'He was a short, spare, man, with a fresh complexion, very blue eyes and a musical voice. In my time he had been succeeded by a lanky son, young Sam, whom we children disliked as much as we liked his father. Those were the days when a country hairdresser had a busy, healthy and not unremunerative life, largely occupied as it was in "waiting upon gentlemen at their own residences." Stamford was surrounded by baronial mansions, country seats and village rectories, where Samuel Lightfoot had found his work sufficiently well paid to enable him to retire in favour of his son at an age comparatively young and henceforth to devote himself to the care of North Street chapel and the needs of its poorer hearers. In my day it was young Sam who came at times to Rutland Terrace to clip my father's abundant hair. We all knew when he had been because for the rest of that day my father, sensitive to cold as he was, kept his head covered with a red bandana handkerchief.' (3)

stamford market
Stamford market, High Street (4)
stamford sheepmarket
St Simon's & St Jude's Fair, Sheepmarket (4)

Meat was sold by butchers from the town and surrounding villages, with fish being brought from King's Lynn and Boston.


The corn market was held in front of Browne's Hospital every Friday. 

The town's numerous horse and livestock fairs also sold produce. The sheep fair was originally held at the top of Barn Hill, moving in 1791 to Castle Dyke and what we now call Sheepmarket. The pig market was in East Street, whilst the horse and cattle markets were held in the central part of Broad Street until 1890 when they moved to what is now the Cattle Market car park.


The fairs were as follows:

- The Tuesday Candlemas Fair in February

- The important Mid-Lent Fair, which marked the start of the fortnight-long Town Fair, where a wide 

range of merchandise was on sale, including haberdashery, toys and trinkets. 


- The 12 May fair and Corpus Christi fair at the end of that month

- St James's fair in July

- The ancient fair of St Simon and St Jude on 8 and 9 November. The first day was for horses and sheep, the second for cattle. The antiquarian John Drakard wrote 'This fair is also well supplied with cheese and onions.'(5)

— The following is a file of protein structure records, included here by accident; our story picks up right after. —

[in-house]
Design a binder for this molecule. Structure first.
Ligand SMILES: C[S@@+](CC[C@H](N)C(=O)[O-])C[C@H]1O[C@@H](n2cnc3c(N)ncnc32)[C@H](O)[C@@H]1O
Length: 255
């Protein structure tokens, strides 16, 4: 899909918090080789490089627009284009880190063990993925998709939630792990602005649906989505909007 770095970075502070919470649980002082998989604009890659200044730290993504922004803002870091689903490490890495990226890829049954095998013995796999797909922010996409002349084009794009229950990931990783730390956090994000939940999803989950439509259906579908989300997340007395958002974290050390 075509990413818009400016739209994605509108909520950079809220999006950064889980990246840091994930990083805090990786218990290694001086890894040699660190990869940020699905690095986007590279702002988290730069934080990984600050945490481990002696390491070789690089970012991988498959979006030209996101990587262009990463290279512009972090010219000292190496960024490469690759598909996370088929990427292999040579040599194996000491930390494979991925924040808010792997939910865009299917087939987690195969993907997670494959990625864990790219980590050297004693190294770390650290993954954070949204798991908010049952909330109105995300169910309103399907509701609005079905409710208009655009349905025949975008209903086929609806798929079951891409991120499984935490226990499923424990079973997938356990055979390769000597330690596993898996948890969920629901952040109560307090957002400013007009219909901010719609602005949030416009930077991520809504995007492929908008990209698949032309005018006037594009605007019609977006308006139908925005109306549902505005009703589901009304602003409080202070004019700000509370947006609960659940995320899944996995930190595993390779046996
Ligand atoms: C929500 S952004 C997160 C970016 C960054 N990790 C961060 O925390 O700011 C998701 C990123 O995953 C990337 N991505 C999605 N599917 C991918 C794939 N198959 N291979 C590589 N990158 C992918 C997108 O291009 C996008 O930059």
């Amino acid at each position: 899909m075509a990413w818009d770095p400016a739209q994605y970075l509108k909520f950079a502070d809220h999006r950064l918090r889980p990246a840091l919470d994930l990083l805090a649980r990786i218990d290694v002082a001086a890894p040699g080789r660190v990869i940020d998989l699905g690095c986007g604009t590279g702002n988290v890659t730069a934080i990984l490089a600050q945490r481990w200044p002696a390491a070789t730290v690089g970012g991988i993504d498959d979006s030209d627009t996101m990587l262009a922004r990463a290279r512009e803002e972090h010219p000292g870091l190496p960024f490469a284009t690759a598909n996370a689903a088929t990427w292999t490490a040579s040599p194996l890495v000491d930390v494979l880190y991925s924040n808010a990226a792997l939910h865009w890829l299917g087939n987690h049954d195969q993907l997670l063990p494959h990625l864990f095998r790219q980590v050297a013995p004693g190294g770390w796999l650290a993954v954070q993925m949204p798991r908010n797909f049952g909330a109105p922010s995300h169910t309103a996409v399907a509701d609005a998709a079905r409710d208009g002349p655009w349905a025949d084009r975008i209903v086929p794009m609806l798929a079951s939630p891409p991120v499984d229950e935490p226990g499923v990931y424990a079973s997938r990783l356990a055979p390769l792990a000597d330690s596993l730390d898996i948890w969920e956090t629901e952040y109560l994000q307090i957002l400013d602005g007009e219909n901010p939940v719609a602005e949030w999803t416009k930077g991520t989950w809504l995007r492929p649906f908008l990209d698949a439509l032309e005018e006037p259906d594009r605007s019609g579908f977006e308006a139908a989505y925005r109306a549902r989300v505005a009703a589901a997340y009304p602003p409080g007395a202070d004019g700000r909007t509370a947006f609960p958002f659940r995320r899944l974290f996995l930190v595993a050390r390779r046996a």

In addition, the town had four annual cattle markets on the first Friday in January, September and October and on the second Friday in December. 


(1) Stamford in 1850: A Nineteenth Century Portrait of an Ancient Town by E Hodgkinson and L Tebbutt, Dolby Brothers, 1954

(2) Kind courtesy of the Historic England Archive ref: A44/12580

(3) The Seceders 1829 - 1869 , volumes I and II by J H Philpot, London, Farncombe, 1932.

(4) Kind courtesy of the Lincolnshire Museums Service

(5) The History of Stamford, in the County of Lincoln, comprising its ancient, progressive, and modern state; with an Account of St. Martin's, Stamford Baron, and Great and Little Wothorpe, Northamptonshire, Stamford by John Drakard, 1822

Copyright © Karen Meadows 2018.  

Under the Normans, Stamford's Mid-Lent fair became an event of international importance, lasting up to three weeks. By the thirteenth century kings were sending servants to the fair to buy cloth and luxury foreign goods for court. Merchants from Germany, France, Italy and Holland attended and some, such as Eustace Malherbe and Terricus from Cologne, bought property and settled in the town.


On 7 March 1190 crusaders at the fair led a pogrom and many Jews in the town were massacred.


Stamford fair is mentioned by Shakespeare in Henry IV Part II and was granted a royal charter in 1491.